Climate change is shaping a new reality, creating new risks and opportunities for businesses in many ways. Investors and shareholders are now challenging companies to take more responsibility and taking a strategic approach to address the climate crises.
The urgent need to address climate change requires firms and companies to transition quickly to meet the requirements of the IPCC’s warming limit of 1.5°C.
According to the World Economic Forum, “many if not most boardrooms are grappling with how to frame the risks and opportunities and embed a viable transition strategy into their business models. Boards of directors play a critical role in ensuring the long-term stewardship of the companies they oversee.”
With rising investor expectations and increasing litigation risks, companies’ failure to consider climate can no longer be excused.
The ‘Primer on Climate Change: Directors’ Duties and Disclosure Obligations’ from the Commonwealth Climate and Law Initiative (CCLI) and the Climate Government Initiative (CGI) advises that directors’ duties require them to be “properly informed about climate change risks” and to make decisions accordingly.
According to a new legal primer, there are “over fifteen hundred cases have been filed as of the end of 2020 to recoup some of the damage caused by climate change or the costs of adaptation, or to challenge governments’ or corporations’ actions or failure to act.”
Given that climate change is now recognised as posing not only a material risk to businesses but also a significant threat to the stability of the global financial system, directors must look at their legal duties “through a fresh climate lens,” the Primer says.
The Primer examines 20 countries and the European Union where the CGI is present through its global network of national Chapters. It provides an overview of contemporary evidence that climate change presents foreseeable, and in many cases, material, financial and systemic risks that affect corporations and their investors and then discusses:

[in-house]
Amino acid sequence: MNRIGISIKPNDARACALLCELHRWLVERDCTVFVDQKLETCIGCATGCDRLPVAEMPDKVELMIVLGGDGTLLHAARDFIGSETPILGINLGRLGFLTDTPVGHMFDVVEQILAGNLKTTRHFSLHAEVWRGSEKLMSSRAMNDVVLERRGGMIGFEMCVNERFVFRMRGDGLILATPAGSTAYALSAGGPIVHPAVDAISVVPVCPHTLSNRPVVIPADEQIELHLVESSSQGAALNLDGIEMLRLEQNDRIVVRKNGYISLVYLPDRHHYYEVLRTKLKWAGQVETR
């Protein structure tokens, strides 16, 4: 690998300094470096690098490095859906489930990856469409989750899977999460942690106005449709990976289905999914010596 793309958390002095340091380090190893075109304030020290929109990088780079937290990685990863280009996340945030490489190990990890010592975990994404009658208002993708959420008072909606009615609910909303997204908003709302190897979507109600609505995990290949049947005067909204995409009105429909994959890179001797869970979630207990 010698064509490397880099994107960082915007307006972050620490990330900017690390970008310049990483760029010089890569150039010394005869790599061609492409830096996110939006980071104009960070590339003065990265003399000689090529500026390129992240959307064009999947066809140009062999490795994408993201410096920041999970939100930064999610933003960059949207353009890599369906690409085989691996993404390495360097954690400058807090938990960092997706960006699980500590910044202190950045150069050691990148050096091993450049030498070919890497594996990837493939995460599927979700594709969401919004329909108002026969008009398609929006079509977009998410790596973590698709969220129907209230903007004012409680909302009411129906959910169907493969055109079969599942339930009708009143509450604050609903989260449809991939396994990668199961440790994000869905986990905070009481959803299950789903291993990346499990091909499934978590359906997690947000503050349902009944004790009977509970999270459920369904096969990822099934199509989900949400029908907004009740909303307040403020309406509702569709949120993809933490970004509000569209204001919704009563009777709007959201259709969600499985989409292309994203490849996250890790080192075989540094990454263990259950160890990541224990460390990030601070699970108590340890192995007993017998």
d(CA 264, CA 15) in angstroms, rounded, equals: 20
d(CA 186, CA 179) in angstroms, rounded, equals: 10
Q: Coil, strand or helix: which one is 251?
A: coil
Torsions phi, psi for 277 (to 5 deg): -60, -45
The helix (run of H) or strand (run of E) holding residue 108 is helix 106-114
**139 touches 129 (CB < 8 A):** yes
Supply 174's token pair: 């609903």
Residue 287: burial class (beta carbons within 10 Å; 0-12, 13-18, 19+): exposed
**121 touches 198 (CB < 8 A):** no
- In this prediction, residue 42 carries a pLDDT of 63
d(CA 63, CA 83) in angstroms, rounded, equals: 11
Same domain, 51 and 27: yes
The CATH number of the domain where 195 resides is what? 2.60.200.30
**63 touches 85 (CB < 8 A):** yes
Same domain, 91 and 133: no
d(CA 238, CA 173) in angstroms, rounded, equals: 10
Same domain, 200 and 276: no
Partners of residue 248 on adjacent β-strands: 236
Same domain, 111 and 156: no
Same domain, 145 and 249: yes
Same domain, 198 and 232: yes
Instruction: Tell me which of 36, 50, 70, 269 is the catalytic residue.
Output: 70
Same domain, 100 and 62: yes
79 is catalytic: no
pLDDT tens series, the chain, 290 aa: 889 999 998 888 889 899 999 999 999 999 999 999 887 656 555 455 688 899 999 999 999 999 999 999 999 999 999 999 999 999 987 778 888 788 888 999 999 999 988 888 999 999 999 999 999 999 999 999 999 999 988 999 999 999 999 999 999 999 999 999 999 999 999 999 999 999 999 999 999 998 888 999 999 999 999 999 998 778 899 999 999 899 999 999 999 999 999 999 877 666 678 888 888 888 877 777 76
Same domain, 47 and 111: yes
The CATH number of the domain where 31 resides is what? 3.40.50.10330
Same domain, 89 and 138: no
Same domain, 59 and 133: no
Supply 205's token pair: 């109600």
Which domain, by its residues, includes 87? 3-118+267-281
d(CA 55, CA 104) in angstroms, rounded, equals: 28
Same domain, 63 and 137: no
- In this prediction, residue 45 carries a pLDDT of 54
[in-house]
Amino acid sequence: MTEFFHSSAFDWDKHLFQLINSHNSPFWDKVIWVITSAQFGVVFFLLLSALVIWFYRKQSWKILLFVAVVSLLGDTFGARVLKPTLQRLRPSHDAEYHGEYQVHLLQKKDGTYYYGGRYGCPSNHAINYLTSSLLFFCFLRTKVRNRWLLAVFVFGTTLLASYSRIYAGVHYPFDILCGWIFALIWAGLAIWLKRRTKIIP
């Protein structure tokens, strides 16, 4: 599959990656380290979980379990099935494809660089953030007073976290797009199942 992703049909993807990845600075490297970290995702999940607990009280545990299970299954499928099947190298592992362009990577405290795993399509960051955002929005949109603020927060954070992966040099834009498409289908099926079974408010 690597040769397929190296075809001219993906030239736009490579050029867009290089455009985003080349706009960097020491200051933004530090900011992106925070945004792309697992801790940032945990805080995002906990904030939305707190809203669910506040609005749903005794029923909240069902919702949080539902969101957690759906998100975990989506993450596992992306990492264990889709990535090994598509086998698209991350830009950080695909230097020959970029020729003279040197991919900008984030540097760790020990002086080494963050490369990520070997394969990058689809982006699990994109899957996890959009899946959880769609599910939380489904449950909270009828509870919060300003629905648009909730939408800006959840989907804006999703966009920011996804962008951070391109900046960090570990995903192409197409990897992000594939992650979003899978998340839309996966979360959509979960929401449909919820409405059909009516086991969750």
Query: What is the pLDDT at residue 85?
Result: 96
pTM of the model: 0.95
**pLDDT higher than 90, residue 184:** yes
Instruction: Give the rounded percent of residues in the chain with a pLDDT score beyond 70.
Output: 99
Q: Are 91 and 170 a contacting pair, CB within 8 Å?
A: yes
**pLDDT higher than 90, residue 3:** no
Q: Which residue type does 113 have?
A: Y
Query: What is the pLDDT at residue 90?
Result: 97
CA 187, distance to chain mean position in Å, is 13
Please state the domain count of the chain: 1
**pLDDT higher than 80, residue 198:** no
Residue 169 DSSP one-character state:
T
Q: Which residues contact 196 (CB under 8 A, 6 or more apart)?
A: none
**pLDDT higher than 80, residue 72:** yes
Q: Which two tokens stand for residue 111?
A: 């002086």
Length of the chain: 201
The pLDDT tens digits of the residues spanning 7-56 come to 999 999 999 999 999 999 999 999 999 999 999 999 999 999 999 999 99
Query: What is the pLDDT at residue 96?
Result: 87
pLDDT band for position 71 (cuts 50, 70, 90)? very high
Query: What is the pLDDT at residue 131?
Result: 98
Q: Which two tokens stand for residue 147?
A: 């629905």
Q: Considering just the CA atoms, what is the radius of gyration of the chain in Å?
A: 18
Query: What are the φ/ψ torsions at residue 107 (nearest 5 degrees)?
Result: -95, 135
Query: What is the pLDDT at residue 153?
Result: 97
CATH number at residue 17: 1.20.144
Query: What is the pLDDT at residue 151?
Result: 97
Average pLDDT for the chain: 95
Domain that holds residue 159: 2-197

- General climate obligations in the jurisdictions where The Climate Governance Initiative (CGI) is present through its global network of national Chapters;
- How company law and director’s duties in these jurisdictions require directors to incorporate climate change into their strategies, legal oversight, and supervision of the companies entrusted to their care;
- Disclosure obligations; and
- Advice to directors.
This resource can provide the board of directors valuable insight on various jurisdiction’s obligations, current litigation on climate change and gain helpful recommendations in taking proactive measures to prepare your company for the risks involved and effects of climate change.
To read the Primer, click the link below:
The Primer also referenced the International Financial Reporting Standards (IFRS) Foundation guidance titled, the ‘Effects of climate-related matters on financial statements’, an educational material that “highlights how existing requirements in IFRS Standards require companies to consider climate-related matters when their effect is material to the financial statements.”
According to the IFRS, “The material contains a non-exhaustive list of examples of when companies may need to consider climate-related matters in their reporting and is aimed at supporting the consistent application of IFRS Standards. It does not add to or change the requirements in the Standards.”
To read the guidance, click the link below:
The Primer on Climate Change: Directors’ Duties and Disclosure Obligations. (2021 June). Retrieved from https://www.ifrs.org/content/dam/ifrs/supporting-implementation/documents/effects-of-climate-related-matters-on-financial-statements.pdf
Primer on climate change. (2021, June 30). Institute of Directors New Zealand. Retrieved from https://www.iod.org.nz/resources-and-insights/research-and-analysis/primer-on-climate-change/#
Effects of climate-related matters on financial statements. (2020, November). IFRS. Retrieved from https://www.ifrs.org/content/dam/ifrs/supporting-implementation/documents/effects-of-climate-related-matters-on-financial-statements.pdf